Phone problems annoy residents

Students living in Aston Hall say they are annoyed by charges to their phone bills for local and long distance phone calls.

Our phone, for whatever reason, charges us for calls to the places like the Columbian School (office) and the (GW) Bookstore, said Brian Chase, a junior who lives in the Aston. (We were told) that if it’s the 202 area code, it wouldn’t show up on our phone bill.

Local calls within the city and area suburbs made from the Aston are supposed to be free, said Jennifer Bevacqua de la Concepcion, associate director of Communications for Information Systems and Services.

Asif A. Sheh, property manager of the Aston, said residents who are charged for local calls can go to the Aston’s office and their money will be refunded.

Some calls to Virginia and Maryland are considered local, he said. (The students) can check with Bell Atlantic to see which calls are local and which are long distance.

Other students said they have problems with long distance service, charges for on-campus calls, privacy issues and voicemail.

Unlike other residence halls, the Aston’s phone system is operated by Verizon Communications. Other on-campus residence halls are connected through AT&T’s College and University Solutions. Through ACUS students are not charged for on-campus calls, but are charged nine cents for off-campus, local calls.

The Aston’s service is different because the building is not operated by GW, but by Potomac Hospitality, a private building management company.

Junior Corinne Kopcik, who lives in the Aston, also expressed frustration about the cost of her long distance service.

It’s way higher, she said. I lived in Fulbright (Hall) last year and my bill was much lower, even though I called more.

Students said they are also upset by what they say are inflexible billing systems.

Roommates in the Aston share the same phone line, and do not receive separate bills, unlike residents of other residence halls.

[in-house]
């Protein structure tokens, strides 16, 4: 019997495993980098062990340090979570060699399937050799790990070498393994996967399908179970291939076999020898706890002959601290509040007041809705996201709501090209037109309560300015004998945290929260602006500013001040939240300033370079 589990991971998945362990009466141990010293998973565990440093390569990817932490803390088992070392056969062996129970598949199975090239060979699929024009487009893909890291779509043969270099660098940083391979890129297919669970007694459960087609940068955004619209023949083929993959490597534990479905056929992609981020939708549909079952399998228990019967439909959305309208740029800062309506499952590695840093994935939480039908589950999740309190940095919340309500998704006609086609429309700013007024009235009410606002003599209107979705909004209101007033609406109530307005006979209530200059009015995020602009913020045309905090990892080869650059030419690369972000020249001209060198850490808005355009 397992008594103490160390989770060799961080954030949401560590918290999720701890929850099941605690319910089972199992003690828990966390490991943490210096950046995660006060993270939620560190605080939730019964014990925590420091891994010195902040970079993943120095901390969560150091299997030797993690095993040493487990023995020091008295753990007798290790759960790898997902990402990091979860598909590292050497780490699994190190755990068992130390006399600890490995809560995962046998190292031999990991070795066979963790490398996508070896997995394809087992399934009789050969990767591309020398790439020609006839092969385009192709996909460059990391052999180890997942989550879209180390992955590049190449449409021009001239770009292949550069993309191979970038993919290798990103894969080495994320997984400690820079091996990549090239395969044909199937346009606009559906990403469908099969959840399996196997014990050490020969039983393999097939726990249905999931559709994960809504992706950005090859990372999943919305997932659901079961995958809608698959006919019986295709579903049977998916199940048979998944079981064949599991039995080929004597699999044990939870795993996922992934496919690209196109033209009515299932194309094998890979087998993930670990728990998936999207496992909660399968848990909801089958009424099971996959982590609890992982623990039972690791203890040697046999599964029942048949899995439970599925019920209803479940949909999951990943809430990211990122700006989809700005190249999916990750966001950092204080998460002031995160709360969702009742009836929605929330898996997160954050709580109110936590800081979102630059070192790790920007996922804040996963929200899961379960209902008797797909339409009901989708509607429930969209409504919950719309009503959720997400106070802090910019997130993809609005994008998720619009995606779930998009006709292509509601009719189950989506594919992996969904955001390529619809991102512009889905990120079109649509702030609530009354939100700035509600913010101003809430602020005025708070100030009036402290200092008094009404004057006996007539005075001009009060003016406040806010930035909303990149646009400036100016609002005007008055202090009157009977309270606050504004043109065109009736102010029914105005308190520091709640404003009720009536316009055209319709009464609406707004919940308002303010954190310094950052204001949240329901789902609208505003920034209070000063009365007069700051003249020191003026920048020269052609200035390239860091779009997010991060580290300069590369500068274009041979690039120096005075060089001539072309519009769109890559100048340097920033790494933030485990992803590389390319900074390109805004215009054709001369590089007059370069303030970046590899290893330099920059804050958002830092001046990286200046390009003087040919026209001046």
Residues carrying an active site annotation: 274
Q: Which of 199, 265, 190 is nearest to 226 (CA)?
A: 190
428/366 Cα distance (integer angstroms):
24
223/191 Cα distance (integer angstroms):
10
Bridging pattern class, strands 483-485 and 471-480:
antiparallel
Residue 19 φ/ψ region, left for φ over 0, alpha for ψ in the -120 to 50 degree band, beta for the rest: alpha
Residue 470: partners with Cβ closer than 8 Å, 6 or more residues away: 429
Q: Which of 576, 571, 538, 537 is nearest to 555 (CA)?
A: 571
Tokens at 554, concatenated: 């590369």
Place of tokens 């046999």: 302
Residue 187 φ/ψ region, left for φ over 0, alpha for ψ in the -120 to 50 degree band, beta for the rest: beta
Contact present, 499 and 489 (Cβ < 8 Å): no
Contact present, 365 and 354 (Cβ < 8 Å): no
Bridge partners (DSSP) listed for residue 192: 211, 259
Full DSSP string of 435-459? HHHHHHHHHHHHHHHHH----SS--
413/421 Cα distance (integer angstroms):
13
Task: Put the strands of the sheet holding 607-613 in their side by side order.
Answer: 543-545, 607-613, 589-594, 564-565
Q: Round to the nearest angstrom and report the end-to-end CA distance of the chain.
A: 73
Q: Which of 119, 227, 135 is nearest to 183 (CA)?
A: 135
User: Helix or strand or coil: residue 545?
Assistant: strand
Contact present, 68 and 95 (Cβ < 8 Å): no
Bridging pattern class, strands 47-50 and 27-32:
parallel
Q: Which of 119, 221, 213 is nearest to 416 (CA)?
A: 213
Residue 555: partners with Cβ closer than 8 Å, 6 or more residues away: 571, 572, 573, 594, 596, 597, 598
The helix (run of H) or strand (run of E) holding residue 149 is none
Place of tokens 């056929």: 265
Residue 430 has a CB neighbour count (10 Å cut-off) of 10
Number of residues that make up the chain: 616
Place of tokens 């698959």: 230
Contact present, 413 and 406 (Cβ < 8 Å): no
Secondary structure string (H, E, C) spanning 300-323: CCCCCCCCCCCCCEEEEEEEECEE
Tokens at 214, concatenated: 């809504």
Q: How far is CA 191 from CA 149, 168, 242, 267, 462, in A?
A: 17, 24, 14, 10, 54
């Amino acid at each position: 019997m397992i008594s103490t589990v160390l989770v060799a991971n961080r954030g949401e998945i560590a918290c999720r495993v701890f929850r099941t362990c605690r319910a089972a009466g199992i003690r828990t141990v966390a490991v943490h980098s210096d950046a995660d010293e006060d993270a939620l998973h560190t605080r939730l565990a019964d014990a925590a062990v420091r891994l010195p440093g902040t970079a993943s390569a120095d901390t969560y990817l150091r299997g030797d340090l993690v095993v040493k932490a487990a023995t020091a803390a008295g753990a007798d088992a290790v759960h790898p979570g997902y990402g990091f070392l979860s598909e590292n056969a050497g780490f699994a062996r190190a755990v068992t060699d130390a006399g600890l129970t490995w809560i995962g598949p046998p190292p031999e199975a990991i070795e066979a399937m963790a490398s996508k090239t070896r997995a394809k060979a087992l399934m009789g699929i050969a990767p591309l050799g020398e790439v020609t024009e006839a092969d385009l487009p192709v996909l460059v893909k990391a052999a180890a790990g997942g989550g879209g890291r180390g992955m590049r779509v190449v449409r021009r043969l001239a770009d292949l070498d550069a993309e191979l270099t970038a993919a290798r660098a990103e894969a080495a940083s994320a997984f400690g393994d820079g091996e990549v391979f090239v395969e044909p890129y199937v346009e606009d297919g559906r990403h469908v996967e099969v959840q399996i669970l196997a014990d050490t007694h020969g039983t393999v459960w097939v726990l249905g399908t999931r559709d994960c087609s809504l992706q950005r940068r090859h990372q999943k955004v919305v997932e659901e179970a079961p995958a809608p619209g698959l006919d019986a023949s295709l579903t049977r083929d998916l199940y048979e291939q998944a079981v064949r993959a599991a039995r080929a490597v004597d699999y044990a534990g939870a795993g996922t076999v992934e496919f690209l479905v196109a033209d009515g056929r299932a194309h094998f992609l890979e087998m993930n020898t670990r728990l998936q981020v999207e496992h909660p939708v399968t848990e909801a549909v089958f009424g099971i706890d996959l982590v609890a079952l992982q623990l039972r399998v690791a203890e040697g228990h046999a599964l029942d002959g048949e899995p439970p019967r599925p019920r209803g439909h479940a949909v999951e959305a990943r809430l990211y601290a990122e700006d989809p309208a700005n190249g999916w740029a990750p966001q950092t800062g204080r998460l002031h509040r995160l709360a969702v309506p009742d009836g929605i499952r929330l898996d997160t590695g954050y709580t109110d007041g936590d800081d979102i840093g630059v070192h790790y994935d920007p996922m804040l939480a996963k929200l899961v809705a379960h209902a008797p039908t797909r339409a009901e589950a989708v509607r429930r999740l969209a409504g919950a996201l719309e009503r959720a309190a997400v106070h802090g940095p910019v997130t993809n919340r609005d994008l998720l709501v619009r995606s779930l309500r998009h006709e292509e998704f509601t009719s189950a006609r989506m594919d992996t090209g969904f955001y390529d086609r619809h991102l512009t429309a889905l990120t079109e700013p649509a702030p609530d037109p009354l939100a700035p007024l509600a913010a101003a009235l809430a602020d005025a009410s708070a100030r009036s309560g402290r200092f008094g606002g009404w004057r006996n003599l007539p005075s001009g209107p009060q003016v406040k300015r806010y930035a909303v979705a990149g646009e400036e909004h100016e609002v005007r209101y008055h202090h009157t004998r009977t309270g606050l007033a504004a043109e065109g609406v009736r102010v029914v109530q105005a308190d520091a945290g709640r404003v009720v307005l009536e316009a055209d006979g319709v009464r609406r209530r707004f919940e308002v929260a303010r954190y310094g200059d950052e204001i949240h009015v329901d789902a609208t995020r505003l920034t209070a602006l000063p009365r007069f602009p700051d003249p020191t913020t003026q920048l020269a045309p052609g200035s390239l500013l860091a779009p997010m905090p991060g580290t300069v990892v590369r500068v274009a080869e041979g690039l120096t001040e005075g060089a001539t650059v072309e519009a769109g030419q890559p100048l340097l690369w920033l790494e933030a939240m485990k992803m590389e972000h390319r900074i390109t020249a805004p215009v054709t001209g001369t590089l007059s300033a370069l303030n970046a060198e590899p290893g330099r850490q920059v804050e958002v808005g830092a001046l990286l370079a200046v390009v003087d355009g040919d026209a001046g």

It’s hard to divide the bill, to figure out who called where, Kopcik said. There is no indication of where the call was placed to, just the number, so we have to look up area codes. If it’s not a number you call often, it’s hard to recognize who placed the call.

Smith said he uses his cell phone rather than the phone in his Aston room because of confusion over the phone bills.

The bill doesn’t detail the time of day, the duration of the call, the city, person or anything like that, he said. I think it’s wrong, it should be much more specific. If you have an irrational roommate it can be difficult to divide the bills.

Smith also said phone security is a problem, because students do not have to enter a personal identification number to place a call, like students do in other residence halls.

There is really no security, he said. Anyone could pick up the phone and start dialing.

Phone problems are nothing new to Aston residents.

Last year – the first year GW students lived in the Aston as part of GW’s residence hall system – students complained when they were unable to make calls because all of the building’s circuits were busy or full. The University added new circuits to free up the lines. Students also complained about high and erratic phone bills.

Some Aston residents also express frustration about their voicemail system.

The main problem I have is that the phone rings twice and goes right to voicemail, Chase said. I’ve talked to management and they say they can’t do anything about it. My on-campus friends say that they hear 4 or 5 rings, but I only hear two or three before the voicemail picks up.

The phone problems are not only affecting students who live in the Aston. Students living in other residence halls said they are upset that they are charged for on-campus calls to the Aston and the Dakota, an apartment building run by GW that is part of the residence hall system.

Phone numbers in both the Aston and the Dakota do not start with 242 or 994 extensions like all other residence halls. Calls to those two buildings are considered off-campus calls, costing students on campus nine cents to dial the buildings.

Junior Alexander Pavone said he is frustrated by the charges to the residence halls.

My girlfriend lives at the Aston, and I call her often, he said. I was dismayed when I received my phone bill.

John Dexter Cole, a junior who lives in the Dakota, said he agrees.

I have a girlfriend and it bothers me that she has to pay a fee every time she calls me, Cole said.

Dakota residents can dial 8 to connect to the campus phone system and dial 9 for free local calls.

Bevacqua de la Concepcion said the University is considering integrating the Dakota and Aston into the campus phone system, but she is not sure when it will happen.

It’s being looked at, but I don’t know the timeline, she said.

Alexa Kim, director of Technology Communication for Student and Academic Support Services, said she was unaware of any plans to change phone service in either residence hall.

Not to my knowledge will they be upgraded, Kim said. She said she did not see any reason to change.

In terms of viability, the system is functioning, she said. It’s there, it’s giving phone service.

The Hatchet has disabled comments on our website. Learn more.